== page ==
Jerry leaves his humanity behind
Jerry stood at the intersection of Mobile Street and 2nd Avenue. It was late November. He could see his breath in the crisp Northern Mississippi morning. He looked across the street at the burned ruins of Mr. Wesson’s store, still a hole in the ground since it burned last year. He’d told his mother he would move away to live near Tupelo. She hoped he would stay here in Saltillo, and marry a local girl. She wanted him nearby.
He neglected to tell her that he would no longer age, that he would never marry or have children. He didn’t tell her that in fifteen years, he would stage his own death, or that he would go away and begin his own missions.
She would be dead by then. She wouldn’t live to see the death of her only child.
He observed traffic passing in front of him like a stranger, as if, rather than standing in the town where he’d lived his whole life, he was standing on a planet in a distant star system.
All that was familiar was now foreign. He had alien memories. The downloads gave him recollections of a life at Mussara, the Tayamni home world, a moon in what humans called the Pleiades, but what his, “yes,” he sighed with the regret of losing his former life. “My people.” He looked at the burned-out hole where Mr. Wesson’s store had collapsed, feeling as if it would swallow him. “My people call it Tayamni-Pa.”
He looked up at a school bus, transporting children to the county school. He saw it was school bus number 36. The following year, this very bus would take Denny to school. Looking down at the cracked sidewalk, he realized Batresh would leave soon. She would travel back to her home at 3800 BCE, in ancient Egypt. She would be there with her Primary, her mate. “He might as well be her husband,” he thought to himself.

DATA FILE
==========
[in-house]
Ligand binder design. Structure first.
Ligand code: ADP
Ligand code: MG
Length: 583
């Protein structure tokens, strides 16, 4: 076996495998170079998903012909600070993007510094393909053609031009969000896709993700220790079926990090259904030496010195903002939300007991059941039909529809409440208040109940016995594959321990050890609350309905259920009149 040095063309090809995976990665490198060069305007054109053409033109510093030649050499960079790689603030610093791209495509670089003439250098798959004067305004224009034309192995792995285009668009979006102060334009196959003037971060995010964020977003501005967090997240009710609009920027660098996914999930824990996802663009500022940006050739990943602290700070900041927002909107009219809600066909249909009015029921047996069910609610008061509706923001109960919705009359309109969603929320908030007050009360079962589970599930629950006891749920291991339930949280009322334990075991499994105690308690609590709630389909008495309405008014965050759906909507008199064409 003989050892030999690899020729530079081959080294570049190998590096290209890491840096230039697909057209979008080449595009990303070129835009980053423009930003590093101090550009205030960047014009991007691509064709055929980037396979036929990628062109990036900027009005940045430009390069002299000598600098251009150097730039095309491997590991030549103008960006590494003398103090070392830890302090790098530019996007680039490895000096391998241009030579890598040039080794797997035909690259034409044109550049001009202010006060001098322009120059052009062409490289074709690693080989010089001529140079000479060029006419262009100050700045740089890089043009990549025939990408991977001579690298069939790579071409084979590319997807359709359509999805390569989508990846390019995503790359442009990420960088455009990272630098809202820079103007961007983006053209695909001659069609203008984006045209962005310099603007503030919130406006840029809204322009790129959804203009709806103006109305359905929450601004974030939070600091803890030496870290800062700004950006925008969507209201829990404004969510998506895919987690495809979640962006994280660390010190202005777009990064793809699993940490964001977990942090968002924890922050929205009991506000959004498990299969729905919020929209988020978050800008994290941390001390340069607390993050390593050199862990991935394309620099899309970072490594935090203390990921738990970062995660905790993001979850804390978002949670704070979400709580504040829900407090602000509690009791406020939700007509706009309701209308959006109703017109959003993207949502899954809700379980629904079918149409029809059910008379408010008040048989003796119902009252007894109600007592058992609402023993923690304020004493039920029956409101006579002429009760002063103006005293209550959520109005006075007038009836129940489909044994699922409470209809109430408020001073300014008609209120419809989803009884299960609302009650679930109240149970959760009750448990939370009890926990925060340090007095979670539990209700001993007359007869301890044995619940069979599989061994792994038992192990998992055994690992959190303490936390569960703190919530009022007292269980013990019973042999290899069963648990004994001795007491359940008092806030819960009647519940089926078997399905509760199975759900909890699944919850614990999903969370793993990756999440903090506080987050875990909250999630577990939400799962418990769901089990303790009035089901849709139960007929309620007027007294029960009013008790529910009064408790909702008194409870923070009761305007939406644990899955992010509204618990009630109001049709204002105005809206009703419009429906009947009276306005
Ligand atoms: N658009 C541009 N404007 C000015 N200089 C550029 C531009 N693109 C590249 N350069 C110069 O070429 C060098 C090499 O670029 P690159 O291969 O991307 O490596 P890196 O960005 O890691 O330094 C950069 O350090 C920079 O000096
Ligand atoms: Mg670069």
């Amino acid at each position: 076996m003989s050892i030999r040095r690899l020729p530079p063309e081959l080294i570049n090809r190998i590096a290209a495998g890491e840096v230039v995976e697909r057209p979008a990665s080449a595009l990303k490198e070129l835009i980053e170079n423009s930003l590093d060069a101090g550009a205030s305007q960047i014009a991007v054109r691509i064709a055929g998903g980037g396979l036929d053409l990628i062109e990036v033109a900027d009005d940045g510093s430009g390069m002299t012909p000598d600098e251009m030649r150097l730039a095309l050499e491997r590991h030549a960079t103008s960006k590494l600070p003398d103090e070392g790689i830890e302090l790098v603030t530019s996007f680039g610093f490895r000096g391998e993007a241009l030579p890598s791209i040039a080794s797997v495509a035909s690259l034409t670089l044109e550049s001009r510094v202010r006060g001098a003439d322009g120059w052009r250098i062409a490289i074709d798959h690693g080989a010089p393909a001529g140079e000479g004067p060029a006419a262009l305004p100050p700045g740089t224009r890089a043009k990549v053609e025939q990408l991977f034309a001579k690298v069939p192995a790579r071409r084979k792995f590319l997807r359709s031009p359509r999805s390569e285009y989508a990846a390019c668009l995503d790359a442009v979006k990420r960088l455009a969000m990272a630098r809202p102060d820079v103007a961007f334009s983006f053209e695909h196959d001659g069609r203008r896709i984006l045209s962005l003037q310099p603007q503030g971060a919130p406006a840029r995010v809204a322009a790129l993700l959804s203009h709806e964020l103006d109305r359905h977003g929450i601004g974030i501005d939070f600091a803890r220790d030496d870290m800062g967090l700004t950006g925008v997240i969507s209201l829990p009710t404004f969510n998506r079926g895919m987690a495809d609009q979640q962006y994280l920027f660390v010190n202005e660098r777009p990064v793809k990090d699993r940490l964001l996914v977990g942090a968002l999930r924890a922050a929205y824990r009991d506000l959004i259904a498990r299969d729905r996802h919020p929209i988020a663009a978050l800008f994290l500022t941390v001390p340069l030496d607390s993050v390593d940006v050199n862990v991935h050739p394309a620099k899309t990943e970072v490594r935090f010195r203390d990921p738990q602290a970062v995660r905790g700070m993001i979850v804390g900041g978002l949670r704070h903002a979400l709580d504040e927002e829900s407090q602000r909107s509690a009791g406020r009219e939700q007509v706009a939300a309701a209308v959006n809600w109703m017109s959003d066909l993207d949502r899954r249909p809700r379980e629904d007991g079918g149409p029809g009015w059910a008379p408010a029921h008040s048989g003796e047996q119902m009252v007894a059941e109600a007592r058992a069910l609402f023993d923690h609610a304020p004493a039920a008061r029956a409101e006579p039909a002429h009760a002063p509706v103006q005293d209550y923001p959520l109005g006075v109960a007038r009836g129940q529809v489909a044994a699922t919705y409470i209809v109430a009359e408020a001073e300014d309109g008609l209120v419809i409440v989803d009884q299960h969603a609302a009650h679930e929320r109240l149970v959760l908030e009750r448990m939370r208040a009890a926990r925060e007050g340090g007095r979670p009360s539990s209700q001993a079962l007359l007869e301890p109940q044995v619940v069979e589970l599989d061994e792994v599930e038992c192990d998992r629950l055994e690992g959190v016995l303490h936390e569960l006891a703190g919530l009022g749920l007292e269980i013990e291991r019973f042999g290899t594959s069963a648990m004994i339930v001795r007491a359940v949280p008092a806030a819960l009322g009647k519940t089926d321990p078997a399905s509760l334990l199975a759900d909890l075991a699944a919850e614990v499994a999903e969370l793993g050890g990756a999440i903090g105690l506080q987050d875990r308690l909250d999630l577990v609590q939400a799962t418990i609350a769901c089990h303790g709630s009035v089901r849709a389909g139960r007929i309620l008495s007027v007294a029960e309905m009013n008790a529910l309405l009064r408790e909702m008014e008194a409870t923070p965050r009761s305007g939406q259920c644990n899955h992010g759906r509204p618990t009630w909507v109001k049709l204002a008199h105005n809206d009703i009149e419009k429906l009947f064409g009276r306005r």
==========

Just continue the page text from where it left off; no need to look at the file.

The thought of Batresh being with with another man, a man she loved more than him, caused his stomach to churn. He felt as if he would vomit, right here on Mobile Street. He knew how the Matriarchal Tayamni people, his people, saw relationships. Monogamy was Patriarchal. He knew he shouldn’t feel ownership. He shouldn’t feel that she belonged to him. But, he did. They told him these feelings would pass. But, for now, they tortured him. She was available to him. He knew that she loved him. She would make love with him, if he wanted. But, he had to share her with another man. He couldn’t. Not now. He looked at the hole in the ground, trying not to remember.
He crossed Mobile Street, walking north towards his house. He realized he would not own anything, no property, no woman, nothing. It was not the Tayamni way. Everything was owned by the collective. Monogamy was a vestige of an unevolved past. In his new world, men were equal to women. It was the only way to keep violence and war in check. If testosterone raised its ugly head, the offending male would be sent for additional training. He understood. It made sense to him. He realized women should be equal. Women were peaceful, nurturing. It was men who brought violence. Wild, testosterone fueled behavior must be discouraged. The confident, respectful nature of men must be allowed to be dominant.
Try as he might, his thoughts were never far. He knew she would be gone for, what was for her, two weeks. Then, she would travel ahead of him, ahead from where he lived now, to the future, to 1977, at St. Louis. If Jerry saw her again, it would be 15 years for him, but only two weeks for her.
It was funny that she was most worried about the cold winter. He laughed to himself, wishing that was all he had to worry about. He would watch over Denny. He would befriend Eddie, Denny’s violent father, and keep his eye on the effeminate, young boy. “Who knew,” he thought to himself, “who knew that the great project of his life for the next decade would be to protect a sissy boy from his macho Daddy.” He thought of Eddie and felt sick again. That man didn’t deserve his innocent wife. He didn’t deserve to have such a good child, such an obedient son who wanted nothing more than his father’s love. But, Denny would survive. He would be emotionally scarred, but he would survive. Jerry would see to that.
As he approached the house, he saw workmen were already packing his belongings. After today, he would live with Batresh, until she returned to Ancient Egypt. He would become a diplomat, the Tayamni Ambassador, to NASA and to humanity. His eyes widened thinking of how much his life had changed in two months.
He didn’t feel human.
In leaving the only home he had known, he felt he was leaving his humanity behind.